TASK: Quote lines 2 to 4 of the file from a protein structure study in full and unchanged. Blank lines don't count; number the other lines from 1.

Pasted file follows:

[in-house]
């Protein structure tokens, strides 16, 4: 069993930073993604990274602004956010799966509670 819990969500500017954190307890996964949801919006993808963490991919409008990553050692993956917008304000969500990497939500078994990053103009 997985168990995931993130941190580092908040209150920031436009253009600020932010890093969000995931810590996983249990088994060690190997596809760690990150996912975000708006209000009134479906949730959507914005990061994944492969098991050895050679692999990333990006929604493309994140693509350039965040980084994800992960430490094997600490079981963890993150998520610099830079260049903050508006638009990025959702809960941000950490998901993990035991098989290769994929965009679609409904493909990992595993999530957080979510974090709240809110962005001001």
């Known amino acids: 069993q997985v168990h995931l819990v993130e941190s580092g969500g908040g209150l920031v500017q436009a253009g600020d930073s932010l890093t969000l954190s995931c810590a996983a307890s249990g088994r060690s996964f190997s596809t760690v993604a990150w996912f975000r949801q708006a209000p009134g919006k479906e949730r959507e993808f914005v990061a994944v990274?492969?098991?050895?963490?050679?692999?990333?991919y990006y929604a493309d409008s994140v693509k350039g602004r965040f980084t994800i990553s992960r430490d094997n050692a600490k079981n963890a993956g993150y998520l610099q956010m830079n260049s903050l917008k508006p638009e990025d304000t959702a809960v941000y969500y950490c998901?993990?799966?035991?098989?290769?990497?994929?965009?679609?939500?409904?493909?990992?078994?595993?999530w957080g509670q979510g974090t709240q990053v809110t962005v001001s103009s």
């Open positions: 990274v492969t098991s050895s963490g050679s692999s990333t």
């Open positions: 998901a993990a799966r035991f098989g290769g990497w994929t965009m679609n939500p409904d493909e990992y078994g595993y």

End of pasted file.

């Protein structure tokens, strides 16, 4: 069993930073993604990274602004956010799966509670 819990969500500017954190307890996964949801919006993808963490991919409008990553050692993956917008304000969500990497939500078994990053103009 997985168990995931993130941190580092908040209150920031436009253009600020932010890093969000995931810590996983249990088994060690190997596809760690990150996912975000708006209000009134479906949730959507914005990061994944492969098991050895050679692999990333990006929604493309994140693509350039965040980084994800992960430490094997600490079981963890993150998520610099830079260049903050508006638009990025959702809960941000950490998901993990035991098989290769994929965009679609409904493909990992595993999530957080979510974090709240809110962005001001």
């Known amino acids: 069993q997985v168990h995931l819990v993130e941190s580092g969500g908040g209150l920031v500017q436009a253009g600020d930073s932010l890093t969000l954190s995931c810590a996983a307890s249990g088994r060690s996964f190997s596809t760690v993604a990150w996912f975000r949801q708006a209000p009134g919006k479906e949730r959507e993808f914005v990061a994944v990274?492969?098991?050895?963490?050679?692999?990333?991919y990006y929604a493309d409008s994140v693509k350039g602004r965040f980084t994800i990553s992960r430490d094997n050692a600490k079981n963890a993956g993150y998520l610099q956010m830079n260049s903050l917008k508006p638009e990025d304000t959702a809960v941000y969500y950490c998901?993990?799966?035991?098989?290769?990497?994929?965009?679609?939500?409904?493909?990992?078994?595993?999530w957080g509670q979510g974090t709240q990053v809110t962005v001001s103009s």
């Open positions: 990274v492969t098991s050895s963490g050679s692999s990333t």